Plasma lamps that are less than 1mm thick yet able to radiate areas up to 900 cm2 have been demonstrated and are undergoing further development and optimization. Aside from general purpose illumination, potential applications for this relatively inexpensive, mercury-free lamp technology include treatments for medical disorders (such as psoriasis and actinic keratosis), photocuring of polymer films, and sterilization.
These lamps comprise large arrays of microcavity plasma devices in dielectric barrier structures. Figure 1 shows a cross-section of the lamp design. Fabricated in commercial grade aluminum (Al) foil with overall (finished) thicknesses under 1mm, the lower of the two foils has a thickness of 127μm or 250μm. The upper electrode consists of a 35-50μm thick Al screen with microcavities that contain diamond−shaped cross sections. The photograph in Figure 1 (lower right) shows the screen, prior to processing, with a magnified view of the microcavities.
Figure 1. Generalized cross-sectional diagram (not to scale) of a flat lamp structure based on aluminum foil encapsulated in nanoporous Al2O3 and a thin glass coating (details shown at lower left). The lower right portion of the figure presents photographs at two magnifications of an electrode screen with diamond cross-sectional microcavities. The smallest gradation of the scale in this photograph is 1mm.
Anodizing the electrodes under carefully controlled conditions encapsulates the foils and the interior of all of the microcavities with a film (typically 10−30μm thick) of nanoporous aluminum oxide (Al2O3). The nanostructured Al2O3 offers a dielectric breakdown strength approximately quadruple that of bulk Al2O3, thereby allowing thinner metal oxide films to serve as the dielectric. This wet chemical process yields Al2O3 films of uniform thickness over large areas and produces nanopores that are virtually free of defects. Preparation of the foils culminates in application of a thin glass coating produced by firing glass paste at 500°C for 30 minutes.
Fabricating the lamp structure illustrated in Figure 1 involved bonding the Al2O3-encapsulated screen with the foil and sealing the assembly between thin sheets (<600 μm) of glass, quartz (if ultraviolet transmission is desired), or a polymeric packaging material. Having an overall thickness less than 1mm, these lamps were subsequently evacuated, backfilled with the desired gas or gases, and driven by a sinusoidal voltage with a nominal frequency of 20kHz.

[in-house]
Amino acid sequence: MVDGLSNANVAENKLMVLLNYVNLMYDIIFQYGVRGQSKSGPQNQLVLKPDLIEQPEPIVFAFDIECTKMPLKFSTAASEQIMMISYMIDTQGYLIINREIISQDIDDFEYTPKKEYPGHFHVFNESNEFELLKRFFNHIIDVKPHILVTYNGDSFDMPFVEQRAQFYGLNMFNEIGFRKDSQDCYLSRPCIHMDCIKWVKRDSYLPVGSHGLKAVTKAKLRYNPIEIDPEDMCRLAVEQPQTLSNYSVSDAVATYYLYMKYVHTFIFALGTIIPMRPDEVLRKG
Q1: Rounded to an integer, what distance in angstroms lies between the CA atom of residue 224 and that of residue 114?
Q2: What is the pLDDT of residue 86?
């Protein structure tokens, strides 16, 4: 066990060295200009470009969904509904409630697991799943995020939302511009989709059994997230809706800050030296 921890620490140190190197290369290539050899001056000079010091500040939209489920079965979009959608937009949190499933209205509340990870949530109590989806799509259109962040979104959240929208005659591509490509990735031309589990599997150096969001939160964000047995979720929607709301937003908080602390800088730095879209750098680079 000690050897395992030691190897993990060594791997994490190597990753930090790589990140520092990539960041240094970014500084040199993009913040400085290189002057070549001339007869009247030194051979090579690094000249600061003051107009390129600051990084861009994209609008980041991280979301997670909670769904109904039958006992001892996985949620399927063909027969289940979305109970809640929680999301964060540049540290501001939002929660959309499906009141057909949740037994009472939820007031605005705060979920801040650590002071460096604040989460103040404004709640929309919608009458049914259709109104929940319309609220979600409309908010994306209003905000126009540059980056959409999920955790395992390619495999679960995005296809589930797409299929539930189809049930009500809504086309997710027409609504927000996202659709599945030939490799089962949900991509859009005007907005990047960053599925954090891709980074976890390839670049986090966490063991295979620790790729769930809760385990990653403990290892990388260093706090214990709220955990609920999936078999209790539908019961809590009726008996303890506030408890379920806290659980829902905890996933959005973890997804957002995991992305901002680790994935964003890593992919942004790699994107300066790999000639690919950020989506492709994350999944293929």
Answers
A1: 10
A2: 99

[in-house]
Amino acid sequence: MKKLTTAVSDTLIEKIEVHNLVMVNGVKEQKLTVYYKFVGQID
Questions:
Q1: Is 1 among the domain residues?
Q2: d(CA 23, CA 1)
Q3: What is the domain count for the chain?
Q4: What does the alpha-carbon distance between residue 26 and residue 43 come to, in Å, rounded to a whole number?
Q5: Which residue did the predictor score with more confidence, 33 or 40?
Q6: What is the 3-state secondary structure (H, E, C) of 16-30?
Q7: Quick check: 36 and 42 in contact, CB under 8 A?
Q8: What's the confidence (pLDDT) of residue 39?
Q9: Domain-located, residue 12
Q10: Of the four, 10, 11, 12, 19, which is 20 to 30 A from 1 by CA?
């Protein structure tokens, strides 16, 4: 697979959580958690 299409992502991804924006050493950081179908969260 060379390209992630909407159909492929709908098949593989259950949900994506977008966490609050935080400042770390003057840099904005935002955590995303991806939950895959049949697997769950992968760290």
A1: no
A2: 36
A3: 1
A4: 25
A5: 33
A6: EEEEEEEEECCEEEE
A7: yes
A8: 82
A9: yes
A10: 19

In general, microcavity array lamps possess three distinctive assets. First, they are lightweight and require no ballast. In addition, microplasmas prefer operation at pressures up to one atmosphere and beyond, thereby minimizing or eliminating the pressure differential across the lamp packaging. Finally, design and fabrication are inexpensive.
A photograph of an unsealed lamp with a radiating area of 100cm2 and operating in 500 Torr of neon (Ne) is shown in Figure 2. The uniformity of the optical emission across the entire array is evident. Lamps with radiative areas as large as 900cm2 have been fabricated and tested to date. The luminous efficacy (radiating efficiency) of these lamps has been measured after first spin-coating a 15μm thick film of a commercial phosphor onto the inside surface of the output (glass) window and illuminating the phosphor with ultraviolet emission from the microplasma array. Figure 3 is a photograph of a 15cm2 sealed lamp with an internal green phosphor excited by an ultraviolet (UV)-emitting Ne/xenon (Xe) gas mixture.
Figure 2. Photograph of a 10×10 cm2 array operating in a Ne pressure of 500 Torr.
Figure 3. Photograph of a 15cm2 lamp with an internal green phosphor and operating in a Ne/30% Xe gas mixture at 600 Torr.
Although no aspect of the lamp structure has yet been optimized, the luminous efficacy of ∼15 lumens/watt measured with a green phosphor (Mn:Zn2SiO4) and a Ne/30% Xe gas mixture is comparable to or exceeds that for incandescent lighting. Further development of this technology is expected to yield efficacies in excess of 20-30 lumens/watt from radiating areas of thousands of square centimeters.
Aside from general purpose illumination, biomedical and other applications may be anticipated for this mercury-free lamp technology. Examples include treatments for psoriasis and actinic keratosis, photocuring of polymer films, and sterilization. In recent publications we offer further details concerning Al/Al2O3 lamp construction and performance, and the general characteristics of microcavity plasma devices.1,2
This work was conducted in the Laboratory for Optical Physics and Engineering at the University of Illinois Urbana-Champaign by S.-J. Park, J. D. Readle, A. J. Price, J. K. Yoon, J. Putney, and J. G. Eden, and was supported by the U.S. Air Force Office of Scientific Research.
J. Gary Eden
Laboratory for Optical Physics and Engineering
University of Illinois Urbana-Champaign
1. S.-J. Park, J. D. Readle, A. J. Price, J. K. Yoon, J. G. Eden, Lighting from thin (< 1 mm) sheets of microcavity plasma arrays fabricated in Al/Al2O3/glass structures: planar, mercury-free lamps with radiating areas beyond 200 cm2, J. Phys. D: Appl. Phys. 40, pp. 3907-3913, July, 2007.